Passing along a scenario that had been relayed to him by well-placed sources, Sullivan noted early in January, that at a retreat, four freshmen Congressmen on the Financial Services Committee asked to be removed. “The minute [there was talk] about repealing Durbin … they asked to be removed from the committee because they knew they’d never get reelected.” That’s if the Durbin repeal was brought to legislation, Sullivan said.

So, other than what won’t happen, what will happen? With a nod to community banks, Sullivan explained these smaller entities would become exempt from new mortgage rules as part of CLEARR. This would, in effect, expand those exemptions, while having the advantageous effect of loosening up the credit markets. Those same community banks would escape the reach of the CFPB if their on-the-books assets come in under $50 billion.

Taken in combination, CHOICE and CLEARR offer additional benefits to community banks, as the legislation “[frees] them up from regulations that are costing them money [in part through] a lot of new hires in the compliance area,” Sullivan noted. “If they are not hiring in the compliance area or [are] hiring a bunch of new lawyers they can barely afford, they’ve got more money to start creating loan products and services to lend out to the community, whether it’s individuals or businesses.”

Speaking illustratively on that possibility, Sullivan said that a regulator cannot come in and tell a bank it needs to drop a firearms dealer or adult content provider (the Obama-era regulation known as Operation Choke Point). The regulator must instead put into writing why that originator must be booted from the bank. As such, this pair — payday lending and Choke Point — promises to generate some contentious Congressional conversation.

Beyond the seats that may change hands in Congress, other seats may be filled with a bit more staying power. Think of the appointments process here, and look to the Federal Reserve and beyond, Sullivan advised. The fact remains that many appointments have yet to be made elsewhere on Capitol Hill, and those may influence at least some of what is playing out in Congress.

Not all those who need to be sitting at the regulatory table have been seated. But, senior-level appointments, at the Department of the Treasury, for example — which saw a whopping five positions filled in the last few weeks — mean the financial services industry has been better off than other sectors, Sullivan maintained.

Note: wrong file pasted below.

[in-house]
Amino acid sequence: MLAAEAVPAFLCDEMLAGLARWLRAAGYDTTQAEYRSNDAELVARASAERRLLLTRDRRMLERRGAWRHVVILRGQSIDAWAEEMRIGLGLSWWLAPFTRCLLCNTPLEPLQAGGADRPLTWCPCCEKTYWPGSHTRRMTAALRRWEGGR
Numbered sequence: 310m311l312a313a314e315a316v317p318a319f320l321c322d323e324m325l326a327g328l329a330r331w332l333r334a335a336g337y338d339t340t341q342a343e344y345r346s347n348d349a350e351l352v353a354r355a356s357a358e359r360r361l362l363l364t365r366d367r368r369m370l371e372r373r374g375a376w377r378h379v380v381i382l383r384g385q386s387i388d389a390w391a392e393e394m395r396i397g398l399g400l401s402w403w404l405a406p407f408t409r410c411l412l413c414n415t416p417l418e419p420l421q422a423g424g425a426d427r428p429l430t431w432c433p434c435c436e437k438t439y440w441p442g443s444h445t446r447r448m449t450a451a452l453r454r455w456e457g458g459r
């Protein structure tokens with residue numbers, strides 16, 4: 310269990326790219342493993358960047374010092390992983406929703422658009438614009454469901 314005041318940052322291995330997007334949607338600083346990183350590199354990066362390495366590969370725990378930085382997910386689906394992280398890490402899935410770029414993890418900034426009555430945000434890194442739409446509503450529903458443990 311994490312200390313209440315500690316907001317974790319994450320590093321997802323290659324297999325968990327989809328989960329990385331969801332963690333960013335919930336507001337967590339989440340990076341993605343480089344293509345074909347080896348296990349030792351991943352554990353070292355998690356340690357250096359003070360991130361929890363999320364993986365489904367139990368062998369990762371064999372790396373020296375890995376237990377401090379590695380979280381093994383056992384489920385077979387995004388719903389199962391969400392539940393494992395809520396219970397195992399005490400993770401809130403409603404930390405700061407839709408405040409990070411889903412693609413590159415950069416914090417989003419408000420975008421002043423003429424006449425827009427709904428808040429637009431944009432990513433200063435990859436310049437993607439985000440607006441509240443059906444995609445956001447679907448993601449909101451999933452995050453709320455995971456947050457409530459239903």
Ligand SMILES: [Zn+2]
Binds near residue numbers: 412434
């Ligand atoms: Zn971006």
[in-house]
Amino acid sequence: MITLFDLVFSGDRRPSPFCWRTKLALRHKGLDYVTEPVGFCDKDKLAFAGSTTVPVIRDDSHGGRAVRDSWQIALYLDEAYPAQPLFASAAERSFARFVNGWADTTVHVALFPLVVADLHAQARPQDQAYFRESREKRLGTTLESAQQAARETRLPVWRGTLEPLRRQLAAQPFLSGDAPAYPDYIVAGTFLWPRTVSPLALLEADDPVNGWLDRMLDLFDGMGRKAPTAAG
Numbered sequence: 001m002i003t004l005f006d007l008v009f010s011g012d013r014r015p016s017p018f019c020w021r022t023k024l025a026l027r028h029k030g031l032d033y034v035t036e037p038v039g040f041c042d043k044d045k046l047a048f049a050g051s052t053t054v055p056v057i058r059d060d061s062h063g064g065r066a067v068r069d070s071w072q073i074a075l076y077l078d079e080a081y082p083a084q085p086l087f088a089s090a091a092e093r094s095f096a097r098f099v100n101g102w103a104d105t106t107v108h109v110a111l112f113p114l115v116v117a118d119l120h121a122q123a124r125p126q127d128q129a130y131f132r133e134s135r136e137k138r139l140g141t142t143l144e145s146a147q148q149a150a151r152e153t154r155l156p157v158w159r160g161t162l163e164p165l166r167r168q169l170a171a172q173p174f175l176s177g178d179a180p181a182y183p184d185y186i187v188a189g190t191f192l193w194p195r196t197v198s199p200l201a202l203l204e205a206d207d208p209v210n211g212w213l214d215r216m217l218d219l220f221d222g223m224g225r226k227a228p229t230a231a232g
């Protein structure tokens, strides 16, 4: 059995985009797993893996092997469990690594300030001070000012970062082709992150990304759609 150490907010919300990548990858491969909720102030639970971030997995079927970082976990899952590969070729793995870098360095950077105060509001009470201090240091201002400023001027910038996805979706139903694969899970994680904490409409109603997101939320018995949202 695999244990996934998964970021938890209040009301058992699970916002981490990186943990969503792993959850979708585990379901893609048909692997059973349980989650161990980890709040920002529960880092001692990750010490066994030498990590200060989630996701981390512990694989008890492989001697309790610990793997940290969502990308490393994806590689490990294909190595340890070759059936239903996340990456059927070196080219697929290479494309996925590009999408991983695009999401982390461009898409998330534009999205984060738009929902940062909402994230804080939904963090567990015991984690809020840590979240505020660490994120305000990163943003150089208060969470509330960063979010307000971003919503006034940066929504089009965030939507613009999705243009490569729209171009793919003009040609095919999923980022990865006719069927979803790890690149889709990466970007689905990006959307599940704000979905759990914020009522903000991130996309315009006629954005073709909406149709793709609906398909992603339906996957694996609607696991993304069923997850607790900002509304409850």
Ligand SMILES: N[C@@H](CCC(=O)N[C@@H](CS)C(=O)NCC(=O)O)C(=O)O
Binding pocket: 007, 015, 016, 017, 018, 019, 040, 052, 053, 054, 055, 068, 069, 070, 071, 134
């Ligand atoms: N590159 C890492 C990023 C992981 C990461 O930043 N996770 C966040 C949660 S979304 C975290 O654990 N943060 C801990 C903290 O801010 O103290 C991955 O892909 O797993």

The Rumor Mill Grinds On   

At the time of writing, rumor mills were churning about who might be leaving the private sector for the public domain. Sullivan said Jelena McWilliams, legal officer at Fifth Third Bank, may be headed for a role at the Federal Deposit Insurance Corporation (FDIC).

“I will also comment that the appointments in the financial world are those that you [would] have seen if it had been a Bush presidency, a Kasich presidency,” said Sullivan.

Potential appointments, like McWilliams for the FDIC role, are not tied to big donors to the Trump campaign or people who have longstanding relationships with the President. Randal Quarles, vice chair of the Federal Reserve, for example, was a Bush appointee. Other possibilities include Economic Advisor Gary Cohn, who is “rising to power very quickly.” Cohn, noted Sullivan, has been mentioned as a possible replacement for Federal Reserve Chairwoman Janet Yellen. By the way, he’s a registered Democrat.

It bears watching, too, who President Trump appoints to oversee community banking as part of the Federal Reserve. One name being considered here: Jeff Dick, CEO of MainStreet Bank in Fairfax, Virginia, who has “publicly said that he would divest [his holdings],” according to Sullivan.

What Lies Ahead

You may recall this past June’s Department of the Treasury’s tome to the President, which touted ways to roll back a significant spate of financial regulations. Said NACHA — The Electronic Payments Association’s Bill Sullivan of the Treasury report, “They did a fantastic job in a short period of time getting the pulse of what the industry thinks.”

But, many people do not realize there are more reports due to drop. Two will come next month, with one following in late 2017 or early 2018 covering FinTech and its access to the banking system, among other topics.

According to Sullivan, those reports are going to be key to how the administration, Congress and regulators respond to FinTech over the next few years.